Wednesday, 3 June 2015

Are Your Communications Clear Enough?

Does your association clearly communicate your value proposition to your members?  Does it instill FOMO (Fear Of Missing Out)?  Does it truly provide a reason for your members to engage?  Is it all about YOU, or do you write it so that it is all about THEM?

If your answers to the above are "No", or "I'm not sure", then you may be sabotaging your efforts.

Everyone is working on budgets these days; people are watching their spending, and as a result, you need t put your best foot forward - and ensure that your communication shows that you really are the ONE place that they will receive the best information, education, and resources -- or they may go elsewhere.

You can start by ensuring that your communications engage members and stakeholders, and reflect that their story is important to the story of your association.

Here are some examples of what you can do:

What Is Your Purpose?  Have your clearly outlined your purpose, or are you banking on a mission/vision statement that was drafted many years ago?  Educate your members, in every way (email, social media, your website) on what your association does to impact/improve your community.  Simply outlining benefits is not enough - associations need to work hard to name a benefit and provide concrete examples on how that benefit creates change.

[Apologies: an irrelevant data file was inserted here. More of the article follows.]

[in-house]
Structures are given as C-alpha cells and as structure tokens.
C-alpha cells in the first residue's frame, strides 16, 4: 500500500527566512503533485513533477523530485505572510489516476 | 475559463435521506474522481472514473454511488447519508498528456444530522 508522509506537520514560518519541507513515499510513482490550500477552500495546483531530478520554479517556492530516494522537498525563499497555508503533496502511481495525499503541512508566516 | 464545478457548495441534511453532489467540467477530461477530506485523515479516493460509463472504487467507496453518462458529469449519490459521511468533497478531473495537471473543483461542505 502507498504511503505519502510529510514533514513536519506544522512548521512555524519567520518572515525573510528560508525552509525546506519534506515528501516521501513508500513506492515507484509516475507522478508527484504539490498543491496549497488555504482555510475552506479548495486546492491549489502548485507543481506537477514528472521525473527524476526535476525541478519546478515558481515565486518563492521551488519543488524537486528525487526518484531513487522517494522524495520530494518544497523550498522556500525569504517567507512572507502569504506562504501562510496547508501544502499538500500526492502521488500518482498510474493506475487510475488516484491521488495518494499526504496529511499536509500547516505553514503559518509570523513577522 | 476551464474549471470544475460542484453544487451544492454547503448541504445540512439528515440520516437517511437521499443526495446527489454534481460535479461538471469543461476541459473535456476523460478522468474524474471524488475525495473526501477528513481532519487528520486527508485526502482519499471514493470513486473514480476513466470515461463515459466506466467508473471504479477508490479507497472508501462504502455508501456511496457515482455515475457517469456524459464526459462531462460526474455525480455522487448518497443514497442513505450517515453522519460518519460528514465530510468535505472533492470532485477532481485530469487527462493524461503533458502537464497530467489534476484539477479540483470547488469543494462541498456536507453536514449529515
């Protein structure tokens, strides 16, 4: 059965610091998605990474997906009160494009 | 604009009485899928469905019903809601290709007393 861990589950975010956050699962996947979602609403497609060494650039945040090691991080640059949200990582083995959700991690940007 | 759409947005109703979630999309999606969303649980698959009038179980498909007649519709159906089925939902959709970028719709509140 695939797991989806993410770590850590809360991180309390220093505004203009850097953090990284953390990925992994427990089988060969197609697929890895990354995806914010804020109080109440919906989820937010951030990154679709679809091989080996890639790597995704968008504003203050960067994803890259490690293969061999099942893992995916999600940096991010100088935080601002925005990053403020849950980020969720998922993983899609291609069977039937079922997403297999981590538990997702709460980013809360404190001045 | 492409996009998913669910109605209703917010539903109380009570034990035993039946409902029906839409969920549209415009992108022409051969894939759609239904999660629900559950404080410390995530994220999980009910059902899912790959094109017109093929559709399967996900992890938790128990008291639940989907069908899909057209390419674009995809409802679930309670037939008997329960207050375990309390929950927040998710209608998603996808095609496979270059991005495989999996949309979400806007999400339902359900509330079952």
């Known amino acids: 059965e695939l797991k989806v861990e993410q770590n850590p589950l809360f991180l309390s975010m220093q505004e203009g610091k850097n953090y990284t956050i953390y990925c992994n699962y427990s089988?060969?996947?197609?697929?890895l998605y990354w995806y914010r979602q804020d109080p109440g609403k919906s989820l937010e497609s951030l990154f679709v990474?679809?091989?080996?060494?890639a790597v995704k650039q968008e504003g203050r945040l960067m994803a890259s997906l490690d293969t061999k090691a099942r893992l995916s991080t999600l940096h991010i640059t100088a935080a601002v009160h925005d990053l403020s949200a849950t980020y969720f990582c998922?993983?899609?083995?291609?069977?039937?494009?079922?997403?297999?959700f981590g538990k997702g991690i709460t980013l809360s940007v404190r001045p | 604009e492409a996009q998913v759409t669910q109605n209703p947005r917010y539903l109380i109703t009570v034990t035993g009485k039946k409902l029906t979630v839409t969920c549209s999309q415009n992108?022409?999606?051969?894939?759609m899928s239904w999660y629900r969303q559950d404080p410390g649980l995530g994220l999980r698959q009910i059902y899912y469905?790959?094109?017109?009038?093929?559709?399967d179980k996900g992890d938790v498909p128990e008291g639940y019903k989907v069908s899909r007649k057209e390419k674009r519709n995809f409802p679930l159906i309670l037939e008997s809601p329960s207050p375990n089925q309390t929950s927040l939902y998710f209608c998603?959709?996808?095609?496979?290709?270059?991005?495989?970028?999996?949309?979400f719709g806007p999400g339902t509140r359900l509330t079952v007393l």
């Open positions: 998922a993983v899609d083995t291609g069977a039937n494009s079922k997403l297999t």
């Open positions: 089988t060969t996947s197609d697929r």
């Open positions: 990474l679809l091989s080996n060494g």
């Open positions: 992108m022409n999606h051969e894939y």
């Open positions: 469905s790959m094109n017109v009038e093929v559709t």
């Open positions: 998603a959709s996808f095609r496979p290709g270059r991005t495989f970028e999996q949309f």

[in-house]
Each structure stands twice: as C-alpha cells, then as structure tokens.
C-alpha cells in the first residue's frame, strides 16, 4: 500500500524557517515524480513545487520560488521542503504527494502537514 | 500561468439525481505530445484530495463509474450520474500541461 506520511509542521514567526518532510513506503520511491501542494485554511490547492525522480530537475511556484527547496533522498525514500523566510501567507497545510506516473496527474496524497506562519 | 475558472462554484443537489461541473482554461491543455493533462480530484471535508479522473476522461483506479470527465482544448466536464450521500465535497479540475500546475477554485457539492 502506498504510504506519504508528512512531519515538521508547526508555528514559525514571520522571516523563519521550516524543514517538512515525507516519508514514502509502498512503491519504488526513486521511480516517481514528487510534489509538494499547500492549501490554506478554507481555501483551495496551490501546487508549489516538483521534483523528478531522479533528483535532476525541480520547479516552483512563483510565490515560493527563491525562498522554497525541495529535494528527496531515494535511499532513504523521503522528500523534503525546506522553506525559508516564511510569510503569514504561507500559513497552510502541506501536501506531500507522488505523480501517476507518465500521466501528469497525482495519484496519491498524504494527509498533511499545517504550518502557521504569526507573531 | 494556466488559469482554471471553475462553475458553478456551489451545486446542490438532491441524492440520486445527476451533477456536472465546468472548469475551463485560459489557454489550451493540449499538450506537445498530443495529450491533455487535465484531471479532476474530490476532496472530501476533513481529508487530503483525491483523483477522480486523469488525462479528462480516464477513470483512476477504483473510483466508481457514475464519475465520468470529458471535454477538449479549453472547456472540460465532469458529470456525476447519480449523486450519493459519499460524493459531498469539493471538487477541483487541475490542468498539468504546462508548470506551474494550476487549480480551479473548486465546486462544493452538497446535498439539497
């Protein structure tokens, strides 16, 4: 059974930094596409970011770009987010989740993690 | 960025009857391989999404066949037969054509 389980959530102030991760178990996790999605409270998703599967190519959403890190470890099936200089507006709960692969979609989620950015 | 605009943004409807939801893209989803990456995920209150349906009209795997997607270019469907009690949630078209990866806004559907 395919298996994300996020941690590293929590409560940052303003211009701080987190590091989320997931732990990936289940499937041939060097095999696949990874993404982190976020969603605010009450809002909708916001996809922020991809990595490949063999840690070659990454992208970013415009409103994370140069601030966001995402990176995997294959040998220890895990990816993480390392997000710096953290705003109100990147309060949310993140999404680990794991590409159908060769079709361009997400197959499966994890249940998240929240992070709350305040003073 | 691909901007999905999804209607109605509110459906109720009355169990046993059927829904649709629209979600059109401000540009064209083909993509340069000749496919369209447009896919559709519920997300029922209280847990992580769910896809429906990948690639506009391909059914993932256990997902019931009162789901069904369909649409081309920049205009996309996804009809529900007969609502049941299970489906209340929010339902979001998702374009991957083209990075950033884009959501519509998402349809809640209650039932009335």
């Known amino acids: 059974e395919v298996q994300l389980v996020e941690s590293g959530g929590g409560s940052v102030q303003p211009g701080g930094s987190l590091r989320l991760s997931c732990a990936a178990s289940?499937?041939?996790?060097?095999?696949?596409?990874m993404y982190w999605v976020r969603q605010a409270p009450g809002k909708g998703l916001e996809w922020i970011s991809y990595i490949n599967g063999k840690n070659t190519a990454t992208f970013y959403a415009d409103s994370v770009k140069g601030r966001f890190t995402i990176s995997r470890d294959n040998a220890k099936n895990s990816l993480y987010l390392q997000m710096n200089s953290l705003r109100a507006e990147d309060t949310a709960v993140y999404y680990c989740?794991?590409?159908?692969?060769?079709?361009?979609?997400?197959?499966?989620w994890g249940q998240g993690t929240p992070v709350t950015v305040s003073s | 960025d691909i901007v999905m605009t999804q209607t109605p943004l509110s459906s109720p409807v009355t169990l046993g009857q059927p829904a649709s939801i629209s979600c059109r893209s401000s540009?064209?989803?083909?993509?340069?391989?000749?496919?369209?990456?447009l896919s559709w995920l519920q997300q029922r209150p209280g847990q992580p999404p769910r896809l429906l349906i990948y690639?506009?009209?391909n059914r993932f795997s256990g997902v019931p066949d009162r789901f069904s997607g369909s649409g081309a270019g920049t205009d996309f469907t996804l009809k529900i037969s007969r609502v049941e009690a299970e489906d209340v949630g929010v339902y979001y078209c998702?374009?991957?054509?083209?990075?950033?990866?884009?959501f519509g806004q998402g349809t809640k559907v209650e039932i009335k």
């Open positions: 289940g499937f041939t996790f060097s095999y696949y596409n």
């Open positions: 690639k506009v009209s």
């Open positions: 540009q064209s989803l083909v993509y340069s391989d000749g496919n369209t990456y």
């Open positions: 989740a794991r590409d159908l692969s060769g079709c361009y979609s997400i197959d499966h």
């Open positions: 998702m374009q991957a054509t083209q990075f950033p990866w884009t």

Offer Something NEW:  Just because you have a program or service that you have been offering members for years doesn't mean it is still relevant.  Take stock of what you are doing, what people are buying, reading, or working on and see what you can eliminate and ADD to better enhance your value.

Be Where They Are:  Do you offer the same methods of communication as you have for the last several years?  Where are your members now?  Do you have an active LinkedIn group and Twitter handle?  Are you offering podcasts, webinars, or hybrid events?  Where do your members see you and where should they see you?  All questions that should be asked when developing communication plans.

Be Responsive:  There are literally thousands of tools available to help you track activity; who has opened emails, who has clicked on links, who is downloading resources.  Don't let these fall through the cracks!  Part of an effective communication strategy includes actual conversations.  Follow Up!  Ask for feedback.  Offer them other resources.  Have a conversation.

What else could you be doing to enhance your communication?  

Image courtesy of Stuart Miles

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